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ERIC Number: EJ1006800
Record Type: Journal
Publication Date: 2013-Apr
Pages: 10
Abstractor: As Provided
Reference Count: 51
ISBN: N/A
ISSN: ISSN-0022-0167
Predicting the Math/Science Career Goals of Low-Income Prospective First-Generation College Students
Garriott, Patton O.; Flores, Lisa Y.; Martens, Matthew P.
Journal of Counseling Psychology, v60 n2 p200-209 Apr 2013
The present study used social cognitive career theory (SCCT; Lent, Brown, & Hackett, 1994) to predict the math/science goal intentions of a sample of low-income prospective first-generation college students (N = 305). Structural equation modeling was used to test a model depicting relationships between contextual (i.e., social class, learning experiences, proximal supports and barriers) and person-cognitive (i.e., self-efficacy, outcome expectations, interests, goals) variables as hypothesized in SCCT and based on previous literature on low-income first-generation college students. Results indicated that the hypothesized model provided the best representation of the data. All paths in the model were statistically significant, with the exceptions of paths from self-efficacy to goals, outcome expectations to interests, and perceived barriers to self-efficacy. Bootstrapping procedures revealed that the relationships between social class, self-efficacy, and outcome expectations were mediated through learning experiences. Furthermore, the relationship between social supports and goals was mediated by self-efficacy and interests and the relationships between self-efficacy, outcome expectations, and goals were mediated by interests. Contrary to hypotheses, the relationship between barriers and goals was not mediated by self-efficacy and interests. The hypothesis that proximal contextual supports and barriers would moderate the relationship between interests and goals was not supported. The final model explained 66% and 55% of the variance in math/science interests and goals, respectively. Implications for future research and practice are discussed. (Contains 4 tables and 1 figure.)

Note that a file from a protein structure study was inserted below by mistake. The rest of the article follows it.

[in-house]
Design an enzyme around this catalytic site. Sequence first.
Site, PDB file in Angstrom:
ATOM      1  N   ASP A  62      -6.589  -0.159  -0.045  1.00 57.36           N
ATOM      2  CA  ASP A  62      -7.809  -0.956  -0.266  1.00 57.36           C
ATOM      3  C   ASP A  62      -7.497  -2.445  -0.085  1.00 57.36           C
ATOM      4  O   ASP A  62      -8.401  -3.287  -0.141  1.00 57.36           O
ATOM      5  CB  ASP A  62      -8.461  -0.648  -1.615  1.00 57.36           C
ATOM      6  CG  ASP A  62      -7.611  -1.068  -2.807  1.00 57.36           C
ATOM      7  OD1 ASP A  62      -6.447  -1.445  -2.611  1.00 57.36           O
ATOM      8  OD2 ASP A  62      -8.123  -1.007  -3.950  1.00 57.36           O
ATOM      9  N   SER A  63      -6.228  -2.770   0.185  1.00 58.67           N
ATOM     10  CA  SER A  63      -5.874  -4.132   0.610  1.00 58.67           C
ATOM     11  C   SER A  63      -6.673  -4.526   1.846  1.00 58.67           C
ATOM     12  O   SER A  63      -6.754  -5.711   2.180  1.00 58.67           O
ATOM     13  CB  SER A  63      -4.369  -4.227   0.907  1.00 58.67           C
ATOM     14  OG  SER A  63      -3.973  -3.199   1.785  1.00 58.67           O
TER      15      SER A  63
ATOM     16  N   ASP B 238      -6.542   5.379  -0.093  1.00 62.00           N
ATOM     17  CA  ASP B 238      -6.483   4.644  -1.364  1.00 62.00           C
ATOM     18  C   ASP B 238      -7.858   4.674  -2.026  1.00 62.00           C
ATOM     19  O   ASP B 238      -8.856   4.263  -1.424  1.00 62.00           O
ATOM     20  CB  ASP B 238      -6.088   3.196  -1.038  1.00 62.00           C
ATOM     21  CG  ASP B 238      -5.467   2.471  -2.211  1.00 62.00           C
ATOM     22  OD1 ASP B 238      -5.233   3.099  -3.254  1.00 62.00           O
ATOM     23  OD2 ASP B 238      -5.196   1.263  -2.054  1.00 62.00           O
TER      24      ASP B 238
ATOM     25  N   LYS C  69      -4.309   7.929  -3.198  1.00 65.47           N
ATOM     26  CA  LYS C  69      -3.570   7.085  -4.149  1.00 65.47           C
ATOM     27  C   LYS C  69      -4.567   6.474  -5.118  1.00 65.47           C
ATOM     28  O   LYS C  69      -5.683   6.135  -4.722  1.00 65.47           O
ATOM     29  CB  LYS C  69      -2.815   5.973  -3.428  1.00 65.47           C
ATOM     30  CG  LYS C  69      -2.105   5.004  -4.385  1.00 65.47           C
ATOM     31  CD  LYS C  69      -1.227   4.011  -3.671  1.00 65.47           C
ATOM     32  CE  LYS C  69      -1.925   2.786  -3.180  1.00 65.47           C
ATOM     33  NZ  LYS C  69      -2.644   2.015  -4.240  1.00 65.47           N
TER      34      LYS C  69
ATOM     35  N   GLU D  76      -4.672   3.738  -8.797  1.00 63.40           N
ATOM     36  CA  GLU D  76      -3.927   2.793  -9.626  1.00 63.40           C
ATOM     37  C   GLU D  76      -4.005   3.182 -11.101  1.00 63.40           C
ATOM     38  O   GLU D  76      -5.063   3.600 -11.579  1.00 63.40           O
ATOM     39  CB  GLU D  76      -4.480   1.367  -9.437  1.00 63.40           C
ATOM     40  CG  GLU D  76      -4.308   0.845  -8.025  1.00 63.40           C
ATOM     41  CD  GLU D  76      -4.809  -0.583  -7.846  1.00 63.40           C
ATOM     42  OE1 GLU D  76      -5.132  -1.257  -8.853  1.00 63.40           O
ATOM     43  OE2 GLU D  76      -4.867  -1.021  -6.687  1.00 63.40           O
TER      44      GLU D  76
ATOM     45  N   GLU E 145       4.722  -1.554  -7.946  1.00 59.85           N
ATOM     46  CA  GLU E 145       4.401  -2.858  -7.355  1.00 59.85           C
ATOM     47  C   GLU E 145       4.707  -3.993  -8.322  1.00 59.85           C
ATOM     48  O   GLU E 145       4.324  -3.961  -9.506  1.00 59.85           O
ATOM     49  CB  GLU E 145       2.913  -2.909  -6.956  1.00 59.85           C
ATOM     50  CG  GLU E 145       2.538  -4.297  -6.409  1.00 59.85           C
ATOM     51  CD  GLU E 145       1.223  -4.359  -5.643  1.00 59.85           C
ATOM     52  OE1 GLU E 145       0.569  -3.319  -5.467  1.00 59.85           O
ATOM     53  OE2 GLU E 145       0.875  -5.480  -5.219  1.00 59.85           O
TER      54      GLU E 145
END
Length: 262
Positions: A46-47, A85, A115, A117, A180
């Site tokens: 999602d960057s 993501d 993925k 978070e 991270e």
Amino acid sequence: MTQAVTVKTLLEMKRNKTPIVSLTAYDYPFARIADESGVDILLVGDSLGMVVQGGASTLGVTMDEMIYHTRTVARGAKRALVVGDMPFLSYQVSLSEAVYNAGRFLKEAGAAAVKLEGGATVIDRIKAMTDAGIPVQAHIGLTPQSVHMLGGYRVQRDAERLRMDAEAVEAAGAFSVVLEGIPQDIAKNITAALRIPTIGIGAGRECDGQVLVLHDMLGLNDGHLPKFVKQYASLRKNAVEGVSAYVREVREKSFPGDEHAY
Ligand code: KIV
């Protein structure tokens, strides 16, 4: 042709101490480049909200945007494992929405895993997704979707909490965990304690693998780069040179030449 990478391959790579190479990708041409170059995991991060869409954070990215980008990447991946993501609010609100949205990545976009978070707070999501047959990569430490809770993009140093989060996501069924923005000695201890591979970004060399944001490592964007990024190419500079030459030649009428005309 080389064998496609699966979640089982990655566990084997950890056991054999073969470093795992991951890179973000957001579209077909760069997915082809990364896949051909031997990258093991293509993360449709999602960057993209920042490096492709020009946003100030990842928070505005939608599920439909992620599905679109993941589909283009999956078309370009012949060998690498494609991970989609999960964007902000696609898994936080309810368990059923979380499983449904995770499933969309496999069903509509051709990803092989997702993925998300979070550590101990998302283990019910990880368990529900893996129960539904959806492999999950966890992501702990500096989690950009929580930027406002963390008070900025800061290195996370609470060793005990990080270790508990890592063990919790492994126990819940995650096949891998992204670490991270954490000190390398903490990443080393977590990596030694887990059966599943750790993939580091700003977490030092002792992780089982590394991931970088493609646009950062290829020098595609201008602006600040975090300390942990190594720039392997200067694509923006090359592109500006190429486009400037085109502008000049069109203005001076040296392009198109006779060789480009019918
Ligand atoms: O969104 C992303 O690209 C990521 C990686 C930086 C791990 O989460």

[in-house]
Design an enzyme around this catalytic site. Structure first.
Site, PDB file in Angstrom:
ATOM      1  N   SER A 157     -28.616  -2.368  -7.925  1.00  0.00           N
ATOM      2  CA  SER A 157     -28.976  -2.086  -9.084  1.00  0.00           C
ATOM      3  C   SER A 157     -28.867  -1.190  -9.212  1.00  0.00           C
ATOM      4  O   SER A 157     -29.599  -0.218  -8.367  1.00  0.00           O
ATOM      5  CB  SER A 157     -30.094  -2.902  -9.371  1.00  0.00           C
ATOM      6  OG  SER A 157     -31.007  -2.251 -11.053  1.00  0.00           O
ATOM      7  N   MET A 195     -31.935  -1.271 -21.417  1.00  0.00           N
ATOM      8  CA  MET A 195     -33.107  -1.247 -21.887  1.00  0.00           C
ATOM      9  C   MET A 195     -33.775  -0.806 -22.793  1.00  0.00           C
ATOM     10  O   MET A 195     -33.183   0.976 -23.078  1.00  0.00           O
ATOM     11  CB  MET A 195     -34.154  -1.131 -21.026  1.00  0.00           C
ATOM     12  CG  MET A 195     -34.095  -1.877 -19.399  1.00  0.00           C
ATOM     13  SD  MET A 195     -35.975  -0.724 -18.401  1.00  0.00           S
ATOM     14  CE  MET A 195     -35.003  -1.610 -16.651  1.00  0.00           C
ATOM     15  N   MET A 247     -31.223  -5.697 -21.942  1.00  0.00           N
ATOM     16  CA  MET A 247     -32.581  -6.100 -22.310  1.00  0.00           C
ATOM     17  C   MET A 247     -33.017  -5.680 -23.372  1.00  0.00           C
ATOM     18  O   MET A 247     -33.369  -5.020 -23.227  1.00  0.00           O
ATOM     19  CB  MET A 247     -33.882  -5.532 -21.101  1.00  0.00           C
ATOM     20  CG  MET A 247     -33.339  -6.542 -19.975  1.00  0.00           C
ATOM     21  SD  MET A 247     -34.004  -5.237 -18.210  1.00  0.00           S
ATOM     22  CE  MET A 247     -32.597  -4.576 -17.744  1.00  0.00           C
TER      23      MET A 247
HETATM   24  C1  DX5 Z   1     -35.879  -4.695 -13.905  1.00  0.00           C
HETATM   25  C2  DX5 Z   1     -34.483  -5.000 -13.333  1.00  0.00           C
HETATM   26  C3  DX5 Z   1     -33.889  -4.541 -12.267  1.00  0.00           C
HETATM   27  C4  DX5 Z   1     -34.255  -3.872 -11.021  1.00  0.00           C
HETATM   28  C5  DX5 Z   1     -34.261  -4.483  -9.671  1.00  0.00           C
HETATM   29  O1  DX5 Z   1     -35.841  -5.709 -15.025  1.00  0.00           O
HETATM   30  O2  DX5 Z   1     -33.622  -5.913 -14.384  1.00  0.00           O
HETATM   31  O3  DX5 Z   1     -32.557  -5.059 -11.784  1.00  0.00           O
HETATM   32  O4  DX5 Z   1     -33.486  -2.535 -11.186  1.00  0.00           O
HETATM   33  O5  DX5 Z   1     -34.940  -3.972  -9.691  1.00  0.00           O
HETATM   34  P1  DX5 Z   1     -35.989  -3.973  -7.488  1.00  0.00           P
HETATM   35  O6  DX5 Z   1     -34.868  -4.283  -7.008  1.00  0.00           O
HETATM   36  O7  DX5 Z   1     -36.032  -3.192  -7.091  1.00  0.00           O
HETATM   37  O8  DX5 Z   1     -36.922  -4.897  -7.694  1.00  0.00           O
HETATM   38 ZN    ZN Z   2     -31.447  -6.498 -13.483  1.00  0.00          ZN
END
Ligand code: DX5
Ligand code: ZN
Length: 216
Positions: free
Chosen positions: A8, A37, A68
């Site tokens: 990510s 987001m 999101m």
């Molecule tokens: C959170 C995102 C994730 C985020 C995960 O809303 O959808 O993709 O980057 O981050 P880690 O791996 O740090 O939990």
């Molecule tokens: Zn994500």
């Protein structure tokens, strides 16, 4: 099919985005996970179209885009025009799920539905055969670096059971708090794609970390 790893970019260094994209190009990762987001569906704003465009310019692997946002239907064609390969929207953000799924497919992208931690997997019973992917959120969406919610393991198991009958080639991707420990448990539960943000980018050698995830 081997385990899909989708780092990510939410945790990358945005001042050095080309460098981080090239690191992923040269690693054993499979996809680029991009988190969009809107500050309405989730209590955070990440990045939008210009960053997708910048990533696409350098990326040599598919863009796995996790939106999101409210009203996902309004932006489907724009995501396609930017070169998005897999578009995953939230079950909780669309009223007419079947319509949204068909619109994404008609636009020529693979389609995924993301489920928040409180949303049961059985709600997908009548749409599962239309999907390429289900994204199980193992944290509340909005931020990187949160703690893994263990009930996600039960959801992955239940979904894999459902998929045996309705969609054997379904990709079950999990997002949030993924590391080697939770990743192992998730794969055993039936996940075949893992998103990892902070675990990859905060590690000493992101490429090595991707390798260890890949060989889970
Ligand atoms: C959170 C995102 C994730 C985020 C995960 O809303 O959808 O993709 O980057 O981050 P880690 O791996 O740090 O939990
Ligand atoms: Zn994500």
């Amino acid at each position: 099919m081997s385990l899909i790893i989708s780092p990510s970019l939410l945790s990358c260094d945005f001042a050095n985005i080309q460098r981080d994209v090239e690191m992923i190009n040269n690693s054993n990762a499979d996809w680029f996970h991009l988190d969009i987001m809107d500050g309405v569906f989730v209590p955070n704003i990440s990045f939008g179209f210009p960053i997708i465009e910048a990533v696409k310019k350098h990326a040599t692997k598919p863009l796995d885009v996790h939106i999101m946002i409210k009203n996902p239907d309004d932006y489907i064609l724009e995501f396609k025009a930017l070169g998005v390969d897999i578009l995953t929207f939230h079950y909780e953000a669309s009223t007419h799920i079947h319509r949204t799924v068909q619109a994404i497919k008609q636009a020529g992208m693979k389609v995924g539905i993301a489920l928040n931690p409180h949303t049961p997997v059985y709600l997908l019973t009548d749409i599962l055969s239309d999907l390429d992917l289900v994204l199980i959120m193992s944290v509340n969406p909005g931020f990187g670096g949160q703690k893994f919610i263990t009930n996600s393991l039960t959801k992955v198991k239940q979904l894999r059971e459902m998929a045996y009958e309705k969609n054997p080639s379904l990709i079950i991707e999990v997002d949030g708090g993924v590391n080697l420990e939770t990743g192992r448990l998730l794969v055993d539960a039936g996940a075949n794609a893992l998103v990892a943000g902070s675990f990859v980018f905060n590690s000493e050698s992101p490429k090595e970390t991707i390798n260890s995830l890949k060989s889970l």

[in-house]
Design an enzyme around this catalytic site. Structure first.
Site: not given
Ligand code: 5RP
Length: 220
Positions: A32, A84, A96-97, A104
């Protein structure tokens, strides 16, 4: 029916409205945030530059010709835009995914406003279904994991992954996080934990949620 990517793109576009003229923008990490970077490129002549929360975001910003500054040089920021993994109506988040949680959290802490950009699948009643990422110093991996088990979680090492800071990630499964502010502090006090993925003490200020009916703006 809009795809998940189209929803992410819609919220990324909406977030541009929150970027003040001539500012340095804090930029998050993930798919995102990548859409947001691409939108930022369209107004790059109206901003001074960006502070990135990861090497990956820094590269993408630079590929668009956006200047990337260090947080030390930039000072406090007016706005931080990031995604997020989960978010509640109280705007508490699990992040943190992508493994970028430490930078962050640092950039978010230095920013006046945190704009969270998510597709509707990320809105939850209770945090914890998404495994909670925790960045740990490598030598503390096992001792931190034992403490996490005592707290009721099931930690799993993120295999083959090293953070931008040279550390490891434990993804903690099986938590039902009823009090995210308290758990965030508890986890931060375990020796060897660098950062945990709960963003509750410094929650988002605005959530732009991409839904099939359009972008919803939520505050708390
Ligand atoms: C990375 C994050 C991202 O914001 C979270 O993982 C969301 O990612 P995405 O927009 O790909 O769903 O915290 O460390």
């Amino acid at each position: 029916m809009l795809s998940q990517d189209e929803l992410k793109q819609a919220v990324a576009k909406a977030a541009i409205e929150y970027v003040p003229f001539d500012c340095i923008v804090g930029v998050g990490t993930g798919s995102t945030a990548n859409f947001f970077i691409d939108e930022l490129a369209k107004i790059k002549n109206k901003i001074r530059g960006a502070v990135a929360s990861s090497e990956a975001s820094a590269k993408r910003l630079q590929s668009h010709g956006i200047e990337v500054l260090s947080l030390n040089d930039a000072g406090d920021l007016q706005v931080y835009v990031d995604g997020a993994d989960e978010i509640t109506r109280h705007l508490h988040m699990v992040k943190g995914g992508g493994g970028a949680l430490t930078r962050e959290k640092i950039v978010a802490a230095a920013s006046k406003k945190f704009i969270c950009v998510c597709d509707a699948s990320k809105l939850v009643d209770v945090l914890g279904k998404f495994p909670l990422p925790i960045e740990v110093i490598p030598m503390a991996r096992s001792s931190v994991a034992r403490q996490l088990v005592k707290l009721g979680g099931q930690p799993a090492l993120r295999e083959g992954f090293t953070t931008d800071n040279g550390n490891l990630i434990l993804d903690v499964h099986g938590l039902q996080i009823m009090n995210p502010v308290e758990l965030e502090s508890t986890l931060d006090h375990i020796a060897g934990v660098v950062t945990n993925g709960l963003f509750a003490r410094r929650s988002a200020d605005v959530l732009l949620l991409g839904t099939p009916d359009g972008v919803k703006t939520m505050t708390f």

American Psychological Association. Journals Department, 750 First Street NE, Washington, DC 20002-4242. Tel: 800-374-2721; Tel: 202-336-5510; Fax: 202-336-5502; e-mail: order@apa.org; Web site: http://www.apa.org/publications
Publication Type: Journal Articles; Reports - Research
Education Level: Higher Education
Audience: N/A
Language: English
Sponsor: N/A
Authoring Institution: N/A